The COVID-19 pandemic and the stay-at-home order enacted to slow its spread have not sidetracked Father Farrell’s ministry.

A four-part series of online training sessions on how to start or re-establish a Creation Care Team began on May 14 and will conclude June 4. On May 16, the Office for Life, Peace and Justice held an online celebration of the fifth anniversary of Laudato Si and the 50th anniversary of Earth Day, featuring a presentation by Dr. Maureen Day, assistant professor of religion and society at the Franciscan School of Theology.

In terms of what individual Catholics can do to better respond to Laudato Si, Bishop McElroy urges people to take a look at what the scientific data tells us about the threat to the environment and, with “the eyes of faith,” to reflect on “the spiritual nature” and the beauty of God’s creation. He also encourages looking within and asking what changes one can make in one’s own life.

“That’s hard,” he said of the latter. “That’s very hard because it involves sacrifices, and we don’t like sacrifices.”
Echoing those sentiments, Father Farrell said the first step is “to decide that this [climate change] is a problem, it’s real,” and then to “find ways to ‘green’ up your diet and your energy use.” These might include such simple changes around the house as not wasting food, limiting red meat consumption to once or twice a week, planting a vegetable garden, walking or bicycling to nearby places, changing light bulbs to more energy-efficient LEDs, and taking shorter showers.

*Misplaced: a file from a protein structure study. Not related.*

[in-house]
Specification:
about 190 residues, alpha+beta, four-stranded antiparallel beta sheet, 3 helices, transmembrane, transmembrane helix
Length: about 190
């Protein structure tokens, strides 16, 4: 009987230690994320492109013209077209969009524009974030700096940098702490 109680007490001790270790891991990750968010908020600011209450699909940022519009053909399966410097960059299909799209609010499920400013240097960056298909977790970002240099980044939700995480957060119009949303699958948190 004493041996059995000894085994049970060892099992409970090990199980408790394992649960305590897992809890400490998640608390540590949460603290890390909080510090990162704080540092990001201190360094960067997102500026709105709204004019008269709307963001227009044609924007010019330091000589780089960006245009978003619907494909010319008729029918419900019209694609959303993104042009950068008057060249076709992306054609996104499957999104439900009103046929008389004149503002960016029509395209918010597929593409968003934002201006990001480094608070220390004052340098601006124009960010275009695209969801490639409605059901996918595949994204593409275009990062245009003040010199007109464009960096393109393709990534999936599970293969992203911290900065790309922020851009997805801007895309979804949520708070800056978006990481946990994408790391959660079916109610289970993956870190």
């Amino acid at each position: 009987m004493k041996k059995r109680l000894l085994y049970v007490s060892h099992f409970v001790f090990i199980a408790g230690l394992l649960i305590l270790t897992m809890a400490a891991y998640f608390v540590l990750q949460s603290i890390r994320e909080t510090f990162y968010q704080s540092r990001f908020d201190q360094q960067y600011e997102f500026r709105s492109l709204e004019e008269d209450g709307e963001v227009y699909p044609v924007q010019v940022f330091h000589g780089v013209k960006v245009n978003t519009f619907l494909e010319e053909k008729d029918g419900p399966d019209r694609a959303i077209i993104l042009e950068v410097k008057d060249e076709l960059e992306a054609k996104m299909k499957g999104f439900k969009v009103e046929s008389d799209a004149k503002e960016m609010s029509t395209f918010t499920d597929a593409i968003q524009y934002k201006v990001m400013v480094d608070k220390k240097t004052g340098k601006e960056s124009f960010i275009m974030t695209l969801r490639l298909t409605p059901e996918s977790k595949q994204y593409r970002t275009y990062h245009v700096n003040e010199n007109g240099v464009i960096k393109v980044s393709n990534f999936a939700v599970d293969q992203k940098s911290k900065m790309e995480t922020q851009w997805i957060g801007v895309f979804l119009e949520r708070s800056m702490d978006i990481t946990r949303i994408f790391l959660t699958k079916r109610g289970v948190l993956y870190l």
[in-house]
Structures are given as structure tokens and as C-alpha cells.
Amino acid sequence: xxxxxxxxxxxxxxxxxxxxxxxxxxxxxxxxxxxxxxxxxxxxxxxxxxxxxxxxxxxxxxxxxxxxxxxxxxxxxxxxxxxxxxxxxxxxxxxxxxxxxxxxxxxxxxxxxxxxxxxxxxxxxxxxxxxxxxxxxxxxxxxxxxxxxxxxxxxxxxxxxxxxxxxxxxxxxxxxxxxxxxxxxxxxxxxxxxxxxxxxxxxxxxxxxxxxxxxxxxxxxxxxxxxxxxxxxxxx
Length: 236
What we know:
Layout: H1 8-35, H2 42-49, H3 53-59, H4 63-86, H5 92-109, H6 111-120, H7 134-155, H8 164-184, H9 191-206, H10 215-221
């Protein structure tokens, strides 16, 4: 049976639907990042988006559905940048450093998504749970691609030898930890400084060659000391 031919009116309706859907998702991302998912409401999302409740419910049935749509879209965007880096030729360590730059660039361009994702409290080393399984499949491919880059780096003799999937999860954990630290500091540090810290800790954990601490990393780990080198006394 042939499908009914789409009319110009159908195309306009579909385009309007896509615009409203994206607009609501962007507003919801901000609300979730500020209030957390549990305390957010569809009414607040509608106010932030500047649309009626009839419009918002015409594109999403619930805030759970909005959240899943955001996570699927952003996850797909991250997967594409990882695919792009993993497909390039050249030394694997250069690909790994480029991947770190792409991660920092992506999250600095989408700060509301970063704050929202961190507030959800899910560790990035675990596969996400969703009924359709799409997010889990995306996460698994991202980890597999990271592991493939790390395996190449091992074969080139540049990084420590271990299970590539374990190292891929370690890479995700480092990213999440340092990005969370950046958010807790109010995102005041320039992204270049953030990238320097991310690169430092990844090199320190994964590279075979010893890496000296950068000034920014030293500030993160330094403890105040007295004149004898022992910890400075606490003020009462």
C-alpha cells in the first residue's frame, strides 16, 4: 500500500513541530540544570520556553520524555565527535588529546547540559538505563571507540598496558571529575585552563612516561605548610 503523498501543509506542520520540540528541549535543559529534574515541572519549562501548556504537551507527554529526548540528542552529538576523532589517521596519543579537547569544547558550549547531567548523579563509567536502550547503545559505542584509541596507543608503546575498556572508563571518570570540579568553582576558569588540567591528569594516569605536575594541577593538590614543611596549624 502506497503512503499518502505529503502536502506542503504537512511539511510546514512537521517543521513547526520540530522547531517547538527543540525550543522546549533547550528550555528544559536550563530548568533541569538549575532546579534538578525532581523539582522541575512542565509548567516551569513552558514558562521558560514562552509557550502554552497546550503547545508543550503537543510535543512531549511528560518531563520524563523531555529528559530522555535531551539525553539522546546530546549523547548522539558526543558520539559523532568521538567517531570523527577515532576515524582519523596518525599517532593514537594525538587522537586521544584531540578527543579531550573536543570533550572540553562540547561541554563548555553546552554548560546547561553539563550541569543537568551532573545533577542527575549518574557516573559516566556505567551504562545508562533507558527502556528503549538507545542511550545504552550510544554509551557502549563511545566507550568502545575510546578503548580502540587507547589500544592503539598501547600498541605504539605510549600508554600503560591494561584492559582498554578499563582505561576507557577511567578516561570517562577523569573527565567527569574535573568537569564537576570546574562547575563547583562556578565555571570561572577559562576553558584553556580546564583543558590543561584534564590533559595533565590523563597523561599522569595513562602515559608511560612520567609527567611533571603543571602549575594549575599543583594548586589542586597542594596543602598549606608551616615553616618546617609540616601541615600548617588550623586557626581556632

Robert Gilleskie, a retiree with a professional background in electrical engineering, is currently working to establish a Creation Care Team at St. James Parish in Solana Beach. He said it is important for such teams to be formed at every parish in the diocese that does not yet have one. He said team members would meet — “ideally, once a month” — to study the encyclical and then to come up with ways to live it out in their parish and surrounding community.

“Perhaps a silver lining of this [COVID-19] pandemic could be an increased awareness of the fact that we are all connected, and are called upon to make changes for the good of our fellow human beings,” Gilleskie said.

Anne Marie Oldham is a teacher at St. James Academy, the first Catholic school in Southern California to receive a Green Ribbon Award from the U.S. Department of Education for its sustainability efforts. Among other things, the school has stations for water bottle filling and electric vehicle charging, LED lights throughout the campus, and a vegetable garden where Oldham provides students with hands-on experience with organic gardening.

“There are so many options that it can be overwhelming and hard to know where to start,” Oldham said of responding to the call of Laudato Si. “I recommend that individual Catholics reach out to others in their parish and school community and assess talents and interests. Decide on a feasible first project and start with that, taking one step at a time.

“One success will lead to another, and interest and support will grow,” she continued. “As Mother Teresa said, we can all do small things with great love.”

For more information, contact Father Emmet Farrell at (619) 419-8345 or visit